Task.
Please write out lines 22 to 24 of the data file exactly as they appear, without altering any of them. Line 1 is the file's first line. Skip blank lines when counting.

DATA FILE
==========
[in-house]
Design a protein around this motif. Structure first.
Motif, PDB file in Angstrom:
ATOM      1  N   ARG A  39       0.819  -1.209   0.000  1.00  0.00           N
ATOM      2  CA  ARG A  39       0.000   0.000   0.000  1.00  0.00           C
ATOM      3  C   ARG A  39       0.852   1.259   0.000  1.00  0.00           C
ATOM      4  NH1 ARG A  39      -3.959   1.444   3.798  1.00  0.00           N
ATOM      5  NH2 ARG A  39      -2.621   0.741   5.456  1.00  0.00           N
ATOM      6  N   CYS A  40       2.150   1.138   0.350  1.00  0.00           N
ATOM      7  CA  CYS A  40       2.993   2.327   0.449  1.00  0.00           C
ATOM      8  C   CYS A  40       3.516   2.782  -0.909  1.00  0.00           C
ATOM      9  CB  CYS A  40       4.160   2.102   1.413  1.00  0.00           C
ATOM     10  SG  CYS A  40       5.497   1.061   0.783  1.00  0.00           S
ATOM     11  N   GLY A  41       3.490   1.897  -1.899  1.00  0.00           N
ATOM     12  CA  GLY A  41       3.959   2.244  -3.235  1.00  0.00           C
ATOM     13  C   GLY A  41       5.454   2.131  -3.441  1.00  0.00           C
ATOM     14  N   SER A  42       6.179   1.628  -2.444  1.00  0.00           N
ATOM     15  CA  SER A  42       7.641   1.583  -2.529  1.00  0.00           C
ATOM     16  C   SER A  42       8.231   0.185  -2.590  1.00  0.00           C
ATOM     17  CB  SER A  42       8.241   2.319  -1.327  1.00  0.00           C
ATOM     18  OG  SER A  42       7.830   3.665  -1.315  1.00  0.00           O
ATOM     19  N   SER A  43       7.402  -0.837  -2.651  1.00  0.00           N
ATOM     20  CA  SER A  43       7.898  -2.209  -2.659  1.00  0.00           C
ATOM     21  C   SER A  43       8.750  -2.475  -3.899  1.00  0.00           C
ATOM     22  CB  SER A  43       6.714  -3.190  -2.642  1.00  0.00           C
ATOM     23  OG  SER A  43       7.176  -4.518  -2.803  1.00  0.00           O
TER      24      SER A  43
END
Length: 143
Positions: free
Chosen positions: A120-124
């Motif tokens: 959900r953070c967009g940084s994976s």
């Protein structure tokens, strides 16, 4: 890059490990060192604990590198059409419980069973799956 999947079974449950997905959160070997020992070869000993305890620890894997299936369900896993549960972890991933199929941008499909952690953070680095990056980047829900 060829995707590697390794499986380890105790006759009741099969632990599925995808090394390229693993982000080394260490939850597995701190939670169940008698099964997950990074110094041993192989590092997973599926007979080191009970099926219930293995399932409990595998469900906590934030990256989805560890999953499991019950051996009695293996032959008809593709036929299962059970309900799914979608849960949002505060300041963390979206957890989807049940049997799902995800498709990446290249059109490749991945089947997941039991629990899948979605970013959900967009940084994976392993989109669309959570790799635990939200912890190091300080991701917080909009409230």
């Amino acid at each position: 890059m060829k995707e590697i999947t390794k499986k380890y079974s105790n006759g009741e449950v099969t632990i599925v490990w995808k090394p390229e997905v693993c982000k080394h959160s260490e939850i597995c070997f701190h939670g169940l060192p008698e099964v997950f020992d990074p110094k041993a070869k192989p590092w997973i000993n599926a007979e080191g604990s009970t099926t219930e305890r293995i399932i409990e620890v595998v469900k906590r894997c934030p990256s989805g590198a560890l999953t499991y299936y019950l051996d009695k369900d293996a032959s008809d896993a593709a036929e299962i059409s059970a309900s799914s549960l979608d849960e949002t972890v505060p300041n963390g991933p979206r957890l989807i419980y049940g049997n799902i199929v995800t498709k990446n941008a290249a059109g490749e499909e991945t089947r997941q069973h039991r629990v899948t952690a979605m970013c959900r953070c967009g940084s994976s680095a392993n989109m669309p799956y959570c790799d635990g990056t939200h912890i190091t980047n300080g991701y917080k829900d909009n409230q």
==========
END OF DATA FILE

ATOM     19  N   SER A  43       7.402  -0.837  -2.651  1.00  0.00           N
ATOM     20  CA  SER A  43       7.898  -2.209  -2.659  1.00  0.00           C
ATOM     21  C   SER A  43       8.750  -2.475  -3.899  1.00  0.00           C